Thanks!

bob

 

Good construction minimizes a host of errors – keep those gaps inside the fouling point of your turnouts and equipment and it will reduce the number of problems due to shorts by reducing the possibility of shorts.

 

Best regards,

 

 

Steve Haas

Snoqualmie, WA

 

 


size=2 width="100%" align=center>


Spam
Not spam
Forget previous vote


Re: DCC Track Design for review

Chuck Stiles
 

The outside tracks are intended for passenger service with a bypass for northbound and southbound trains where I have located the passenger platforms and station I preserved a lot of the buildings I had from 35 years ago and will be using them on the layout

The inner loop and sidings are for freight. point to point operation
I can run many different route throughout, twice around, point to point, reverse loop, etc

The era is not defined: combination steam diesel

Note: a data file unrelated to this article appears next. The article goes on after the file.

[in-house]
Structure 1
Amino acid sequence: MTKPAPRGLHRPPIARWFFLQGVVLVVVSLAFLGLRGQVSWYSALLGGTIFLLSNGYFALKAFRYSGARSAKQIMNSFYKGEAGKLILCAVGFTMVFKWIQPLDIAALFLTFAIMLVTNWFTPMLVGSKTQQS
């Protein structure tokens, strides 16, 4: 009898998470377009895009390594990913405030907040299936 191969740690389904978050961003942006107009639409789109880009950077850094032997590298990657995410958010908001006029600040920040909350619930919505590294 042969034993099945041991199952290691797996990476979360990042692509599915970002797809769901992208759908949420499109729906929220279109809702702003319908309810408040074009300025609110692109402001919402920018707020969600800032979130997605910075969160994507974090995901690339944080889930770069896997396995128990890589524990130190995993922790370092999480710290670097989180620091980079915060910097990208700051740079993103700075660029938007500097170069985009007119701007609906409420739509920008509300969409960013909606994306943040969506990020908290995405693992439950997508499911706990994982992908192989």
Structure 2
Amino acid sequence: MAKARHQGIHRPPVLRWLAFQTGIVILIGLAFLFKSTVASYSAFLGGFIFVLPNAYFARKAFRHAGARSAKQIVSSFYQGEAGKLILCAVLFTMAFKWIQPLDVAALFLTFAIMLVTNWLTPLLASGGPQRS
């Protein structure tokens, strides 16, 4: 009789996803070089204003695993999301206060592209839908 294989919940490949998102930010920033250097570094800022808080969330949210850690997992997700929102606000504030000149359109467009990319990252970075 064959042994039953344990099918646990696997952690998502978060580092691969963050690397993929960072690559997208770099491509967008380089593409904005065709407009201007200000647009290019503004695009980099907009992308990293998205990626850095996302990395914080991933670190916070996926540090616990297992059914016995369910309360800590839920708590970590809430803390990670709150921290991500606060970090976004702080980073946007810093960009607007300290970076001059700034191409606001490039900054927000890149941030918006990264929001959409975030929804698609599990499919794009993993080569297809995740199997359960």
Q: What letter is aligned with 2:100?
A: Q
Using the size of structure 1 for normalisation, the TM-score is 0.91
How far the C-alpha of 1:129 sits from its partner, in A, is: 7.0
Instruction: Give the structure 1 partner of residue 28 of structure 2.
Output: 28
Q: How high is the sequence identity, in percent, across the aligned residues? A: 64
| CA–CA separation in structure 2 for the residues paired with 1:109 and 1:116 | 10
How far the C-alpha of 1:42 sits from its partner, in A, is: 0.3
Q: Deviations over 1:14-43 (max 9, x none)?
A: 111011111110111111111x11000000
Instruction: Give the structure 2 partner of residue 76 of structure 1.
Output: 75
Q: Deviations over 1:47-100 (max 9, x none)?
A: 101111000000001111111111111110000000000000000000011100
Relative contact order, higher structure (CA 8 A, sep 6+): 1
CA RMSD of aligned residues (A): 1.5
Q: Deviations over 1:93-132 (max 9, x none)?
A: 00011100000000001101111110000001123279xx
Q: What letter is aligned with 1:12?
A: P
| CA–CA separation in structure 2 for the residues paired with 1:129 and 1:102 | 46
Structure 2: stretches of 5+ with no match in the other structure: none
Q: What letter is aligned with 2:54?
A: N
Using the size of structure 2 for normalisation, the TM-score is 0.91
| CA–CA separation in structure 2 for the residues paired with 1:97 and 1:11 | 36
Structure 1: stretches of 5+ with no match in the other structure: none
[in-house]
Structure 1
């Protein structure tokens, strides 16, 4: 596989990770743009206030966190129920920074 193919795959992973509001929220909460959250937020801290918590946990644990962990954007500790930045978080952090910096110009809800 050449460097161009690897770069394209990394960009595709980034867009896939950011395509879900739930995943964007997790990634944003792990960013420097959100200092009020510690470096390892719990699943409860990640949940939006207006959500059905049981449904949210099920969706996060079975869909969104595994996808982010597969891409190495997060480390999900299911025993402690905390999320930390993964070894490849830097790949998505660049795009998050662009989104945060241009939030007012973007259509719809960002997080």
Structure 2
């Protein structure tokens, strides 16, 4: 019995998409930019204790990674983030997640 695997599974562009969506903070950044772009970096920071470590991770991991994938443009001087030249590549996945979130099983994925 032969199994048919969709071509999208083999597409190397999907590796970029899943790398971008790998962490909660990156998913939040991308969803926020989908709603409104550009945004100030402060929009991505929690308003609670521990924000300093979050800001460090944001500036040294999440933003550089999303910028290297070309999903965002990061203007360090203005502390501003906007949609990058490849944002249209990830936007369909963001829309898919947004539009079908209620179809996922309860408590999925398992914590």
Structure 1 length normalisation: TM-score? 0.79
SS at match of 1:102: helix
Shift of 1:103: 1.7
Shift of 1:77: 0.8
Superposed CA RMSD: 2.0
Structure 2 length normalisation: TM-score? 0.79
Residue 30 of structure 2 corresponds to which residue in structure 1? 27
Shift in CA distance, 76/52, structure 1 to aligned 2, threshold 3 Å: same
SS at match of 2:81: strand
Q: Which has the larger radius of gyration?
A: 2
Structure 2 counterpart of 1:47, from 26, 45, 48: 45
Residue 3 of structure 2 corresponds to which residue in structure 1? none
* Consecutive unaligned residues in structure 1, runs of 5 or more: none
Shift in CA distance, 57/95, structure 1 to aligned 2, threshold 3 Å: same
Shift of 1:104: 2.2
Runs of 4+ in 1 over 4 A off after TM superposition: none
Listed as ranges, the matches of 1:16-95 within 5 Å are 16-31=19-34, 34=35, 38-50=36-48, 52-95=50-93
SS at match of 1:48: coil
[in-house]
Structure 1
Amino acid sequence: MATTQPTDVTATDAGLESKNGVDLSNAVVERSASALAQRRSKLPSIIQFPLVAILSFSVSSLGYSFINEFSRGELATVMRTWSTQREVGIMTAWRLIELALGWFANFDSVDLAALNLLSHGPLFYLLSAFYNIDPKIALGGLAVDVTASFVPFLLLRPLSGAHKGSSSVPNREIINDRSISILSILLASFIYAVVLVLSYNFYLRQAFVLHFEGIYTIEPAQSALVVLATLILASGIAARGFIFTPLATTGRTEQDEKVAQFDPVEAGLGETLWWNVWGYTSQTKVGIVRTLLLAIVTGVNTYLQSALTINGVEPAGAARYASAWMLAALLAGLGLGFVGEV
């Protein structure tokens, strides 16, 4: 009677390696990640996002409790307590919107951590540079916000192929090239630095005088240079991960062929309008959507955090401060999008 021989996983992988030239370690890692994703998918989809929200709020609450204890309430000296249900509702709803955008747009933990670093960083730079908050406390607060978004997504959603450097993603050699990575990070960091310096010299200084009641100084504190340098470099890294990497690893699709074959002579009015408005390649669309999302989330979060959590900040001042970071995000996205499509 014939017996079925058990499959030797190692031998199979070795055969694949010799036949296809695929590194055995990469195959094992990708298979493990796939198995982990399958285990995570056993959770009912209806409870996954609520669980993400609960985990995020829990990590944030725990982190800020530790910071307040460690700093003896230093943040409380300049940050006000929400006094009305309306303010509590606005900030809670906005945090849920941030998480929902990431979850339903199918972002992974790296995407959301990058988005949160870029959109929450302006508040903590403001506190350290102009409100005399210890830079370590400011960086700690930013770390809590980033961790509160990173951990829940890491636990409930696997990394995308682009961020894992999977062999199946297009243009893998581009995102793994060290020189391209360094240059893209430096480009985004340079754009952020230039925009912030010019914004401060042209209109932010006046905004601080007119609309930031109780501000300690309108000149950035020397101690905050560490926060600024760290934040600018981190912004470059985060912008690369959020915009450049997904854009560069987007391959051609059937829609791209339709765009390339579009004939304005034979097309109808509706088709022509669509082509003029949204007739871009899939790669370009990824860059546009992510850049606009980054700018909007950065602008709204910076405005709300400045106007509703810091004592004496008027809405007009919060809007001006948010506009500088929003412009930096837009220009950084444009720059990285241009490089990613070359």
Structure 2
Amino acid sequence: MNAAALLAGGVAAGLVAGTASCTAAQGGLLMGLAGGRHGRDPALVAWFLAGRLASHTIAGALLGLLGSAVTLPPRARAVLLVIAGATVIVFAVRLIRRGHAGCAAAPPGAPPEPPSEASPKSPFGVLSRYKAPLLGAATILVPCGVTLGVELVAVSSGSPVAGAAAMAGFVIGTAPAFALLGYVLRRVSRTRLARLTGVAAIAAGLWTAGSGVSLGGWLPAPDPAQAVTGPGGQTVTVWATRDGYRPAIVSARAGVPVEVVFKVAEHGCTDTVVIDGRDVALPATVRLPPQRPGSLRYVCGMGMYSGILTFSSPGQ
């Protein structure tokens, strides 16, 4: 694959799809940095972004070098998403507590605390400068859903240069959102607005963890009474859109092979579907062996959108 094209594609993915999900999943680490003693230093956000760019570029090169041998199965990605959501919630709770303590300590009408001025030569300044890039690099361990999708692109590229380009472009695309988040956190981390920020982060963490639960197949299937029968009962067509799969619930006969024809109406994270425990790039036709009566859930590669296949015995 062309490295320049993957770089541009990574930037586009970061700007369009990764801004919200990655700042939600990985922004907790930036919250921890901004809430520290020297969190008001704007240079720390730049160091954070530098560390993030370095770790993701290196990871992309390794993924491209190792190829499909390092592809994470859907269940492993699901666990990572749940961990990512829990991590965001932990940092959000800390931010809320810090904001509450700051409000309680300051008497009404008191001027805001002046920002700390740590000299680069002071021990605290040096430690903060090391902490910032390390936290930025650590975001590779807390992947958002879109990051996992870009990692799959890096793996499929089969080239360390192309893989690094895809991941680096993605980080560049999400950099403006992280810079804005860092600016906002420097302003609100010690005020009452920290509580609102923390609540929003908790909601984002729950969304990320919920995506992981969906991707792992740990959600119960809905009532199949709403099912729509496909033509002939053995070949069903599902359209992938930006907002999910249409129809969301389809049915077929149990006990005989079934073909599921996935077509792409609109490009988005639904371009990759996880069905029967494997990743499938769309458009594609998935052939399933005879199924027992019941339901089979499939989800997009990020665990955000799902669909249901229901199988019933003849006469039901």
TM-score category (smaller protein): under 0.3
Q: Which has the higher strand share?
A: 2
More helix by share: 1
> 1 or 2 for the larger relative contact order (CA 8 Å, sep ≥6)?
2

The layout is a 5 x 8, I designed a custom table for my garage. I will share the plans and pictures with the group. The table sits on a sturdy base with locking casters so I have 360 access under the table is a display case for my rolling stock when not in use, and two 30" cabinets for storage. The top pivots and locks so I can roll it to the side when not in use. the whole thing will roll thru a standard 36" door and fit in a utility trailer for transport. 

Thanks for the comments on the wiring, confirming my wiring.



On Thursday, January 23, 2014 4:20 AM, railandsail wrote:
 





I still don't see "files" on either of these pages??

Sorry, Perhaps I'm just computer 'challenged'
Brian